Marc Lynch flags -- and argues with -- an apparent position taken by Gen. Ray Odierno, commander of U.S. forces in Iraq, in favor of taking until the end of
Marc Lynch flags — and argues with — an apparent position taken by Gen. Ray Odierno, commander of U.S. forces in Iraq, in favor of taking until the end of 2009 to figure out how to withdraw troops more thoroughly. To some degree, I’m not really sure, judging from Odierno’s interview with The New York Times, that Odierno’s advocating something significantly different from what President Obama has proposed, at least as far as 2009 goes. Obama has indicated in the past that the 16-month timeline isn’t ironclad; and you *want *the ground commander making a strong case pushing back against Obama’s plans, in order to arrive at the best strategic judgment. And there’s no doubt that Obama is going to end the war: he’s said so from his first meeting on Iraq, and in any case, the Status of Forces Agreement guarantees that U.S. troops will be out by 2011.
But the considerations don’t really end there. Odierno is making a case for having breathing room on withdrawal. But, as Marc reminds, his public positions in that regard might end up restricting that breathing room:
The politics of this aside, I think that Odierno’s intention of keeping troops in Iraq through the national elections is dangerously wrong. The CFR/Brookings/Odierno “go slow” approach ignores the reality of the new Status of Forces Agreement and the impending referendum this summer — which may well fail if there is no sign of departing American troops. It sends the wrong messages to Iraqi politicians and the Iraqi population.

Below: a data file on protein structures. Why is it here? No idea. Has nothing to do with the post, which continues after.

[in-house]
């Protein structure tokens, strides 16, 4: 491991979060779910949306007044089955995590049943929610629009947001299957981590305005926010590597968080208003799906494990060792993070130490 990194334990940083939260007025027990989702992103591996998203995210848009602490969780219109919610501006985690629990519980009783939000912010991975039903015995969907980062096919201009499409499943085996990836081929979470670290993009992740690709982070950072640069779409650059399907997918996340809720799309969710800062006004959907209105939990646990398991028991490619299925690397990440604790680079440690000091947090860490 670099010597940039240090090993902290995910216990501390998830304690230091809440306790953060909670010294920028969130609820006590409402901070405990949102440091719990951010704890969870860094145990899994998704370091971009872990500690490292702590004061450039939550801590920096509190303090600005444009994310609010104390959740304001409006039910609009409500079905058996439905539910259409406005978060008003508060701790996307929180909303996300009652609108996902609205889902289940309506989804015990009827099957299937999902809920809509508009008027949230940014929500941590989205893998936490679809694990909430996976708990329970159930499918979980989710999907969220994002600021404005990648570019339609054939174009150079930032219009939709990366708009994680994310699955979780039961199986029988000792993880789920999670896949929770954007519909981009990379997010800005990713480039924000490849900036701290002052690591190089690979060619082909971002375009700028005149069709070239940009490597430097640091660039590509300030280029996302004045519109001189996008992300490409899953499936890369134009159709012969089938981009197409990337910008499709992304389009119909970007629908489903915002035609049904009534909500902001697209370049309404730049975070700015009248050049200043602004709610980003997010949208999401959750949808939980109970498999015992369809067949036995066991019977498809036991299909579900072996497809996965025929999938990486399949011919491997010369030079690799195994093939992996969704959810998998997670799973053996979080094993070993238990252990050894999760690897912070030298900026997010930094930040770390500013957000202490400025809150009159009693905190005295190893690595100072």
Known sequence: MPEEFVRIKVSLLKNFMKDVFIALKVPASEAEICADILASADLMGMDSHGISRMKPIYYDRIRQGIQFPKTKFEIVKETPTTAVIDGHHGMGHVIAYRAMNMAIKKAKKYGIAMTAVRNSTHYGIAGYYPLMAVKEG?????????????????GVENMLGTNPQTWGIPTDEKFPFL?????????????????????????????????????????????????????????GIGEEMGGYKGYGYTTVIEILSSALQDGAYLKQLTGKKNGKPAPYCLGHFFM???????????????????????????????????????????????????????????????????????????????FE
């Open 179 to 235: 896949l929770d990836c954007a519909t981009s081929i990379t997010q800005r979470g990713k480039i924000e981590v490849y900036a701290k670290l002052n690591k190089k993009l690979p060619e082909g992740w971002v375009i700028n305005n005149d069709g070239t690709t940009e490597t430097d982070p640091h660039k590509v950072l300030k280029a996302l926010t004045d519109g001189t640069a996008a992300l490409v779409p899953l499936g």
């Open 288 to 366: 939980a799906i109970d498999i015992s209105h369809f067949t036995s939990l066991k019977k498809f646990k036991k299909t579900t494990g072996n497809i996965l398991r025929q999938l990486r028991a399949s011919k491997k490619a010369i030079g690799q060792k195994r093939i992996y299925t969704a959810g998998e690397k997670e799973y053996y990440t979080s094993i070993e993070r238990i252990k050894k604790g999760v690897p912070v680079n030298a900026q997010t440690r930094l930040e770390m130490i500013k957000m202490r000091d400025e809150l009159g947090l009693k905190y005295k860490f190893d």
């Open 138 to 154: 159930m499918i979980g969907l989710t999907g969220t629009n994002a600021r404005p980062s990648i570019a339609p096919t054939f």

I’ve harped on this point in the past. Iraq will undergo provincial elections Saturday, and the shake-out from that is unclear as yet. But looming on the horizon is a prospective referendum, pushed by the Iraqi legislature — the composition of which won’t change after the election – to push up the date of U.S. withdrawal to 2010. It’s a safe bet that the Iraqis, who in general are skeptical that the United States will actually get out of Iraq, will interpret Odierno’s comments with, to say the least, impatience. That would contribute, particularly in a politics-heavy environment, to an Iraqi push to force the referendum through, thereby denying Odierno precisely the operational flexibility he appears to seek.
One last thing: watch conservatives use Odierno as a bloody shirt to wave against Obama’s withdrawal plans. This quote in The Times’ piece from former Bush deputy national security adviser J.D. Crouch is a preview of things to come:
“They don’t want to alienate the military. And there’s something to be said that the guy who got things under control over there, Ray Odierno, probably has a good idea of what he needs.”
Since the Marines want out of Iraq, it’s really hard to see how getting out “alienates” the military. But watch this meme develop.
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